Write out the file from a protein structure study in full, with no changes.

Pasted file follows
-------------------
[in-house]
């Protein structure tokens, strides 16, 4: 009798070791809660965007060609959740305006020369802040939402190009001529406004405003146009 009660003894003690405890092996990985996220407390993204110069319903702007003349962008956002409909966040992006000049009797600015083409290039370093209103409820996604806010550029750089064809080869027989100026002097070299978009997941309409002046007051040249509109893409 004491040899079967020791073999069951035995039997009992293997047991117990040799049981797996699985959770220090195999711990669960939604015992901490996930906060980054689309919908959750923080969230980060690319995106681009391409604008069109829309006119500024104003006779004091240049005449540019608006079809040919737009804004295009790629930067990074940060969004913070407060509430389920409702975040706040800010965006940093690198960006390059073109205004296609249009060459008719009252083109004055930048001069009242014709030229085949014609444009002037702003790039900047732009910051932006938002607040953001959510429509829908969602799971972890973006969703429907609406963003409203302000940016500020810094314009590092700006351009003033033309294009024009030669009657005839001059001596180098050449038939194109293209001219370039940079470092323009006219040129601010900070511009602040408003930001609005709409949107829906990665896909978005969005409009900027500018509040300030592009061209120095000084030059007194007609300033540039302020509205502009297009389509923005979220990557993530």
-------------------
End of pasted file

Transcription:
[in-house]
């Protein structure tokens, strides 16, 4: 009798070791809660965007060609959740305006020369802040939402190009001529406004405003146009 009660003894003690405890092996990985996220407390993204110069319903702007003349962008956002409909966040992006000049009797600015083409290039370093209103409820996604806010550029750089064809080869027989100026002097070299978009997941309409002046007051040249509109893409 004491040899079967020791073999069951035995039997009992293997047991117990040799049981797996699985959770220090195999711990669960939604015992901490996930906060980054689309919908959750923080969230980060690319995106681009391409604008069109829309006119500024104003006779004091240049005449540019608006079809040919737009804004295009790629930067990074940060969004913070407060509430389920409702975040706040800010965006940093690198960006390059073109205004296609249009060459008719009252083109004055930048001069009242014709030229085949014609444009002037702003790039900047732009910051932006938002607040953001959510429509829908969602799971972890973006969703429907609406963003409203302000940016500020810094314009590092700006351009003033033309294009024009030669009657005839001059001596180098050449038939194109293209001219370039940079470092323009006219040129601010900070511009602040408003930001609005709409949107829906990665896909978005969005409009900027500018509040300030592009061209120095000084030059007194007609300033540039302020509205502009297009389509923005979220990557993530």